UNC officials dedicate new imaging research building
After more than three years of construction, University of North Carolina at Chapel Hill officials and others cut the ribbon on Thursday for the new, $245 million building that will house state-of-the-art imaging equipment for cancer research and other studies.
The nine-story, 340,000-square-foot building, has yet to be filled with researchers, students and staff. But it already houses a cyclotron, which is a type of particle accelerator used to make radioactive atoms used in medical imaging.
The building will also house a hybrid MRI/PET whole-body scanner, and is home to a 7 Tesla MRI whole-body scanner. UNC is joining a short list of academic medical centers with the equipment all in one locale.
According to a news release from UNC, UNC and Massachusetts General Hospital, which is associated with Harvard University, will be the only two centers with all three pieces of equipment in one location.
The building was the only new public building to be funded by state dollars in 2009, according to the release, and all but $1.5 million of the total cost was covered by the state.
At Thursday’s dedication and ribbon cutting, UNC officials championed state political leaders who were involved in securing funding, including Marc Basnight, the former Democratic president pro tempore of the N.C. Senate who stepped down in 2011 as Republicans were taking control of the N.C. General Assembly.
“That was done despite (the) economic slowdown,” Carol Folt, chancellor of UNC-Chapel Hill, said of the funding for the facility.
Tom Ross, president of the UNC system, said they’re grateful to state leaders who had the vision to move forward with an investment considered “so critical to North Carolina’s future.”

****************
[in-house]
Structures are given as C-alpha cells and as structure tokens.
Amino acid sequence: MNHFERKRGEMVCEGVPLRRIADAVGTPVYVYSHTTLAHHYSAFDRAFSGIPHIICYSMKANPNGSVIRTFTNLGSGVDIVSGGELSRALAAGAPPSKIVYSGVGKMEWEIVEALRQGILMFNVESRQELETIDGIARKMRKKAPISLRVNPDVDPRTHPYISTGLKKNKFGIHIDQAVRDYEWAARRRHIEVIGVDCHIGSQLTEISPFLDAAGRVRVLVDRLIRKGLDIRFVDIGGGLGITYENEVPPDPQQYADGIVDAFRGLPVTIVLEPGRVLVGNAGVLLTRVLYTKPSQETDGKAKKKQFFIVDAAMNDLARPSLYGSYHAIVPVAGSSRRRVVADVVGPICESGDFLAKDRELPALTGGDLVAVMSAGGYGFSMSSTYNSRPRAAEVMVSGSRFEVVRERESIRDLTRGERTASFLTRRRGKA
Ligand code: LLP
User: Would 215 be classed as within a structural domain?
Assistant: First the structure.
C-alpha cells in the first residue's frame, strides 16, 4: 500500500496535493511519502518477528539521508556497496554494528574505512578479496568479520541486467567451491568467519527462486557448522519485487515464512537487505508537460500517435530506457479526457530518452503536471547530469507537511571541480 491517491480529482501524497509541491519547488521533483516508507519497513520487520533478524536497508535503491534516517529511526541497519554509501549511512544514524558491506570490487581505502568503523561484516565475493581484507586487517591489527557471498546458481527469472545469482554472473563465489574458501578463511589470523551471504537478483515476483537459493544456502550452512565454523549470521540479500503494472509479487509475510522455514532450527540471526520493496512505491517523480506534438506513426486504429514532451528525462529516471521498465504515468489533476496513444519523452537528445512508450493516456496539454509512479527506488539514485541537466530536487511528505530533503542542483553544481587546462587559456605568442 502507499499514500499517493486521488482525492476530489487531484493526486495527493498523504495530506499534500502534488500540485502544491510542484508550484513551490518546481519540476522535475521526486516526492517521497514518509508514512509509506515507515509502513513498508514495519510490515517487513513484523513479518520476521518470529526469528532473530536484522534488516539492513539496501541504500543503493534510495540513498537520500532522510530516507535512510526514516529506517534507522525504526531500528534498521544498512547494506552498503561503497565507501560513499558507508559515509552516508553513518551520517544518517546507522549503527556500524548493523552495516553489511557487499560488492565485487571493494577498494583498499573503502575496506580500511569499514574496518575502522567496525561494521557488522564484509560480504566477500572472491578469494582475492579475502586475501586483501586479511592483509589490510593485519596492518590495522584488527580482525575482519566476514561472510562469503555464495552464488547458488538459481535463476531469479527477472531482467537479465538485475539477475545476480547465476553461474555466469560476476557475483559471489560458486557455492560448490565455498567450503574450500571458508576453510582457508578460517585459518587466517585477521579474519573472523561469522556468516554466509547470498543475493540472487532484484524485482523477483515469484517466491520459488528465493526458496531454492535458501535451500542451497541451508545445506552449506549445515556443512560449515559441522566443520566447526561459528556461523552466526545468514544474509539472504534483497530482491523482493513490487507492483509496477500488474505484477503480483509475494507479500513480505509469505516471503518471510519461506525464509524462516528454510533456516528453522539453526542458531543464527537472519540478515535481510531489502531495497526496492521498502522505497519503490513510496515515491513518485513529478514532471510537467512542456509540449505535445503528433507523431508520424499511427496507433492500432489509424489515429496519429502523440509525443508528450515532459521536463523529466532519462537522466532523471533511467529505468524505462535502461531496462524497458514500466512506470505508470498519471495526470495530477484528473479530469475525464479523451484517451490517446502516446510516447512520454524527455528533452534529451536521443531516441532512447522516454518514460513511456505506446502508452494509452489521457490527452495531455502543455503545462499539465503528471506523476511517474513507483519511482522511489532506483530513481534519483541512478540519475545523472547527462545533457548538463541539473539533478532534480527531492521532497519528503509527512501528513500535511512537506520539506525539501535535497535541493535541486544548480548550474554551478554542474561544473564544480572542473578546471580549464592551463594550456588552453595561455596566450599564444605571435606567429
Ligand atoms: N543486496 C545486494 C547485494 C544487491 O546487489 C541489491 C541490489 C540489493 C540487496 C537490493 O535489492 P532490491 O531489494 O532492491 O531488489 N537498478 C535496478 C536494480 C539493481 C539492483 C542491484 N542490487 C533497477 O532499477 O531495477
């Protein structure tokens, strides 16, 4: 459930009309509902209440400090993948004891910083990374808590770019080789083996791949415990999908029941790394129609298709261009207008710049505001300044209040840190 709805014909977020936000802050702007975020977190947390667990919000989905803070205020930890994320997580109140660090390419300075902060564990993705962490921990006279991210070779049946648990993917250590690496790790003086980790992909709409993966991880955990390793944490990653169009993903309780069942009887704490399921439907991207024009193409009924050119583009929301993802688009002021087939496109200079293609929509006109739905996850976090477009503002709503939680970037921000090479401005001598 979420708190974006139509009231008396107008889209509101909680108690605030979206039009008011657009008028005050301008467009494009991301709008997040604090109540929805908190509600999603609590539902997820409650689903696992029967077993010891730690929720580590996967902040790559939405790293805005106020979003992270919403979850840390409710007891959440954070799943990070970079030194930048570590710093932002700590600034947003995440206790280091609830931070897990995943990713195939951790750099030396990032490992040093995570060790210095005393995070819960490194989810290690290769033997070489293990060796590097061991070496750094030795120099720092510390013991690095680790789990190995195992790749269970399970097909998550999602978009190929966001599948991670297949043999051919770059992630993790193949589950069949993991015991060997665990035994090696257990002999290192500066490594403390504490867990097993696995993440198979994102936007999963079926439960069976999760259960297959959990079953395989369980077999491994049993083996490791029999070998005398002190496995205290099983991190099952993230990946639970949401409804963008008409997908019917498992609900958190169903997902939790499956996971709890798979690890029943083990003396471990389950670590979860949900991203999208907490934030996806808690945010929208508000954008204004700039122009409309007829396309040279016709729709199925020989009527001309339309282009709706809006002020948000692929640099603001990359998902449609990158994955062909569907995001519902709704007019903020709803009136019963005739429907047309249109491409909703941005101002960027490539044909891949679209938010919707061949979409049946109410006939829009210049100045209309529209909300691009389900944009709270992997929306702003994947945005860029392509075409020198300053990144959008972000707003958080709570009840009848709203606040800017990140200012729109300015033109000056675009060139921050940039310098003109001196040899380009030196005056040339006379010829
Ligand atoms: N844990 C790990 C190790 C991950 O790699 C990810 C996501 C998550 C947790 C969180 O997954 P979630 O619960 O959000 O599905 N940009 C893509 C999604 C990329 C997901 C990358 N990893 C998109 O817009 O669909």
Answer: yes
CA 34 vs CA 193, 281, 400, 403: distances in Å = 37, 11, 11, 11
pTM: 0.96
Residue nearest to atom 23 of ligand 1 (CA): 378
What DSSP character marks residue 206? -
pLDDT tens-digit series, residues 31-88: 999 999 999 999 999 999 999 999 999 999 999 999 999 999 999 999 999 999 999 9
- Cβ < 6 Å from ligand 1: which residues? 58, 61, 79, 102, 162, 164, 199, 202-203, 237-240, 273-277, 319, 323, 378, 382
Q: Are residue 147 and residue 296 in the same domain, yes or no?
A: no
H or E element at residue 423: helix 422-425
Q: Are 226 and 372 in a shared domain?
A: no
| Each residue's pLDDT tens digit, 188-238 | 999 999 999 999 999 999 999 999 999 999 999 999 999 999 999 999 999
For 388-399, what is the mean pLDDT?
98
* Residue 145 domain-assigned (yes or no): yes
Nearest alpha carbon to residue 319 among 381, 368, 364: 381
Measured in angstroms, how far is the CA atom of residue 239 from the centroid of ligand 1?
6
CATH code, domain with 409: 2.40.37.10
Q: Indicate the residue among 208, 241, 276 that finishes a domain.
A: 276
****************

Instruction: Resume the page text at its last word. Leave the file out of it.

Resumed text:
“This is a gift from the people of North Carolina to the people of North Carolina and the world and we’re grateful for it,” said Bill Roper, dean of the UNC School of Medicine and CEO of the UNC School of Medicine.
Aldona Wos, secretary of the N.C. Department of Health and Human Services, and Thomas F. Marsico of Denver, Colo., for whom the building is named, also spoke Thurday. Marsico is the chairman and CEO of Marsico Capital Management, he’s the father of two UNC alumni, and is a major donor to the UNC School of Medicine.
The building will house the Marsico Lung Institute, the Biomedical Research Imaging Center, and researchers from the UNC Lineberger Comprehensive Cancer Center, and researchers who are doing work in nanomedicine, microbiology and immunology, and pharmaco-engineering.
After Thursday’s ceremony, elevators ferried guests down into the sub-basement where the cyclotron is already set up in space with a 6-feet-thick door and with walls that are 7 feet-thick.
The tour allowed guests to walk through rooms that will be used for animal imaging studies, and into a room down the hall with an audible hum. The room had a 7T MRI whole-body scanner set up inside.
Hongyu An, an assistant professor of radiology at the UNC School of Medicine, said the whole-body scanner will allow researchers to get much more detailed images such as of the brain or blood vessels.